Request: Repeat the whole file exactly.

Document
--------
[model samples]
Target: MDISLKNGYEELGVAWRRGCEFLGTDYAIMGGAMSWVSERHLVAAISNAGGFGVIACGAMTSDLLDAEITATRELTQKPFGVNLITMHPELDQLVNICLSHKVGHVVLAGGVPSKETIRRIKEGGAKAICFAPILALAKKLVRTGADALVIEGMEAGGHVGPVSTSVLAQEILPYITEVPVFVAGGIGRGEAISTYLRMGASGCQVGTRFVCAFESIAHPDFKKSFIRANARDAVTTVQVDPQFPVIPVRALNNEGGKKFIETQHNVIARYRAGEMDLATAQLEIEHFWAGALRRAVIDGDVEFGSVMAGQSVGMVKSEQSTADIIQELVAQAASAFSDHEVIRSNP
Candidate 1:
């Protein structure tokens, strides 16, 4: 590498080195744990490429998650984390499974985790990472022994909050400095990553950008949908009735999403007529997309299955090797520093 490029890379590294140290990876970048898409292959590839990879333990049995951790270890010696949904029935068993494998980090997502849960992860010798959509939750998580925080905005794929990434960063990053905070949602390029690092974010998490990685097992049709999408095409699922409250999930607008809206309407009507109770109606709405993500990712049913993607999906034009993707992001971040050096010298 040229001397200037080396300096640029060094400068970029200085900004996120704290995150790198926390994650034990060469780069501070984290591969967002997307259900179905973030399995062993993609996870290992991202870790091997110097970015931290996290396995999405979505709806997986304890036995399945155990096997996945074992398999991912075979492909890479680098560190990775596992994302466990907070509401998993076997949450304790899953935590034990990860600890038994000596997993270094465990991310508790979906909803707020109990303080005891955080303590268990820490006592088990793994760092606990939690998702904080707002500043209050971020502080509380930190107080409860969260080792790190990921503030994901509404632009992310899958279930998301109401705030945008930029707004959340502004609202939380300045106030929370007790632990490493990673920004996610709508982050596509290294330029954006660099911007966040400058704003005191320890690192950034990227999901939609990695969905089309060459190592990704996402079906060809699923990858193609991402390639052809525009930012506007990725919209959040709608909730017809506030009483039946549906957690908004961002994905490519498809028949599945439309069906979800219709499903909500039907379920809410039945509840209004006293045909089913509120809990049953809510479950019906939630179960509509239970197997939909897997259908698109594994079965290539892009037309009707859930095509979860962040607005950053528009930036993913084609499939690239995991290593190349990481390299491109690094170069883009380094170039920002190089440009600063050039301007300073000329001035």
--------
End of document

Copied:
[model samples]
Target: MDISLKNGYEELGVAWRRGCEFLGTDYAIMGGAMSWVSERHLVAAISNAGGFGVIACGAMTSDLLDAEITATRELTQKPFGVNLITMHPELDQLVNICLSHKVGHVVLAGGVPSKETIRRIKEGGAKAICFAPILALAKKLVRTGADALVIEGMEAGGHVGPVSTSVLAQEILPYITEVPVFVAGGIGRGEAISTYLRMGASGCQVGTRFVCAFESIAHPDFKKSFIRANARDAVTTVQVDPQFPVIPVRALNNEGGKKFIETQHNVIARYRAGEMDLATAQLEIEHFWAGALRRAVIDGDVEFGSVMAGQSVGMVKSEQSTADIIQELVAQAASAFSDHEVIRSNP
Candidate 1:
């Protein structure tokens, strides 16, 4: 590498080195744990490429998650984390499974985790990472022994909050400095990553950008949908009735999403007529997309299955090797520093 490029890379590294140290990876970048898409292959590839990879333990049995951790270890010696949904029935068993494998980090997502849960992860010798959509939750998580925080905005794929990434960063990053905070949602390029690092974010998490990685097992049709999408095409699922409250999930607008809206309407009507109770109606709405993500990712049913993607999906034009993707992001971040050096010298 040229001397200037080396300096640029060094400068970029200085900004996120704290995150790198926390994650034990060469780069501070984290591969967002997307259900179905973030399995062993993609996870290992991202870790091997110097970015931290996290396995999405979505709806997986304890036995399945155990096997996945074992398999991912075979492909890479680098560190990775596992994302466990907070509401998993076997949450304790899953935590034990990860600890038994000596997993270094465990991310508790979906909803707020109990303080005891955080303590268990820490006592088990793994760092606990939690998702904080707002500043209050971020502080509380930190107080409860969260080792790190990921503030994901509404632009992310899958279930998301109401705030945008930029707004959340502004609202939380300045106030929370007790632990490493990673920004996610709508982050596509290294330029954006660099911007966040400058704003005191320890690192950034990227999901939609990695969905089309060459190592990704996402079906060809699923990858193609991402390639052809525009930012506007990725919209959040709608909730017809506030009483039946549906957690908004961002994905490519498809028949599945439309069906979800219709499903909500039907379920809410039945509840209004006293045909089913509120809990049953809510479950019906939630179960509509239970197997939909897997259908698109594994079965290539892009037309009707859930095509979860962040607005950053528009930036993913084609499939690239995991290593190349990481390299491109690094170069883009380094170039920002190089440009600063050039301007300073000329001035």